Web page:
WordPress is on the verge of introducing one of the biggest changes to its publishing platform in 15 years: a new content editor called Gutenberg. Not only is it going to be a visual and functional revamp of the Post & Page Editor screen, it also marks a major shift in how we think about content and layout creation with software that is said to power over 30% of the Web.
The main goal of Gutenberg is to create an easier, more intuitive way to add different types of rich content, one that doesn’t require extensive coding knowledge, but is still compliant with web standards and customizable for the more experienced folks. It introduces the concept of content blocks, which modularizes every type of content you wish to insert on a post or page, from something as simple as a paragraph, to complex and custom things like pull quotes, widgets, and 3rd-party embeds.
The other key idea is that the Gutenberg Editor wasn’t just created for article writing, but also for laying out whole pages, to address the more complicated requirements of those who use WordPress as a full-blown content management system.
“These foundational elements will pave the way for stages two and three, planned for the next year, to go beyond the post into page templates and ultimately, full site customization.”
While yes, this is all possible with WordPress right now, you would have to wrangle custom code or install additional plugins. Gutenberg is here to revamp that bit of awkwardness and fully bake these features into WordPress so it feels like you’re not wrestling with the system, just fluidly creating.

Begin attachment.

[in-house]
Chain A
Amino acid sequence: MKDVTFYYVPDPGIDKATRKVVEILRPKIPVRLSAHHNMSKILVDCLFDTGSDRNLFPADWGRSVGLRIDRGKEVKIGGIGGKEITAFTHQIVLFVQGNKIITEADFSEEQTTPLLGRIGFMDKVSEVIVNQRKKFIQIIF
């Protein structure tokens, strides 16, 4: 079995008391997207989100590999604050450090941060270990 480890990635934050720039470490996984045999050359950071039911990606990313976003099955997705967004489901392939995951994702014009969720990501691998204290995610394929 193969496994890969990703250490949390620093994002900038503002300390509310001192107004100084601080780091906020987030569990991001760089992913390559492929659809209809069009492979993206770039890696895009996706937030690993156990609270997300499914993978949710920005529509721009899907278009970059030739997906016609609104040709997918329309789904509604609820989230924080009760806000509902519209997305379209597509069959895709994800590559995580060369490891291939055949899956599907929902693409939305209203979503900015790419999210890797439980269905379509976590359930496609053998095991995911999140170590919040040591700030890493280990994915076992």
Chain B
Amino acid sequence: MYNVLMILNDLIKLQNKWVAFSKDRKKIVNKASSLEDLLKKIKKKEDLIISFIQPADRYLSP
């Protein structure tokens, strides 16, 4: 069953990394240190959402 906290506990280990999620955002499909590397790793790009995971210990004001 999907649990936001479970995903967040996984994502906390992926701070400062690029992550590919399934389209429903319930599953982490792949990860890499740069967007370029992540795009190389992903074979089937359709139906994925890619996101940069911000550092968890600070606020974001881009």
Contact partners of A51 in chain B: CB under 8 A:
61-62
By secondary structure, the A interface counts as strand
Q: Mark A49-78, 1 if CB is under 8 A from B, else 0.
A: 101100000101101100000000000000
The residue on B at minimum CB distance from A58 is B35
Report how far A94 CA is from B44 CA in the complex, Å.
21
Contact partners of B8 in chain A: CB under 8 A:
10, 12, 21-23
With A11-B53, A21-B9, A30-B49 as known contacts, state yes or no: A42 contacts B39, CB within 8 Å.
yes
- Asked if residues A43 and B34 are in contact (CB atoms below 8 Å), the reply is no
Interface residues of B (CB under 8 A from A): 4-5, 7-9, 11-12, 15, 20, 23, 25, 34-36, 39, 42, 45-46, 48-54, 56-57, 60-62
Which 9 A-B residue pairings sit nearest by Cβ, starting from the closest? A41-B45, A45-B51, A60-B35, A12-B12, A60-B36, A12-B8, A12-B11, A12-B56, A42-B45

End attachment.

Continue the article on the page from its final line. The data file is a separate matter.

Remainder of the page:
With such a big change about to drop, it’s understandable that a lot of confusion may arise in the community, so it’s important get as many answers about Gutenberg out there as possible.
Why is it called Gutenberg?
The new editor is named after Johannes Gutenberg, who ushered in the printing revolution in the West with his invention, the movable type printing press. It’s ambitiously named “for a reason”.
When will I get Gutenberg?
It’s planned to be integrated in to WordPress version 5.0, but there is no definite date on that release yet. At WordCamp EU 2018 in June, Matt Mullenweg outlined some updates on this, such as the next step is to get WordPress.com users opt-in functionality, and pushing for 100,000 installs.
Can I try it out now?
Will Gutenberg let me edit posts on the live, front-end part of my site?
No, it’s primarily poised to replace the post/page editor. That said, the concept of blocks introduced by Gutenberg could allow for extensibility and editing in other areas.
Why is Gutenberg necessary? Can I disable it?
Gutenberg will become the new, default way, so yes it’s going to be a necessary thing. But there will be ways to disable it completely, or for certain post types and other conditions.
Will Gutenberg break my site?
The code generated by Gutenberg is all backwards-compatible HTML, so on that level it shouldn’t break things; but there are other aspects where issues can arise, such as the planned changes for custom meta-boxes.
If I use a custom layout plugin, will it become obsolete because of Gutenberg?
Gutenberg is not meant to replace custom layout plugins, but the plugins that start to integrate blocks and Gutenberg features might gain an advantage eventually.
“We realize it’s a big change. We also think there will be many new opportunities for plugins. WordPress is likely to ship with a range of basic blocks, but there will be plenty of room for highly tailored premium plugins to augment existing blocks or add new blocks to the mix.”
How can I update my theme or plugin to ensure compatibility with Gutenberg?
There are a number of guides out there to get your WP theme or WP plugin all prepped for when the big G drops, such as a plugin compatibility testing and a starter theme, as well as how to create blocks.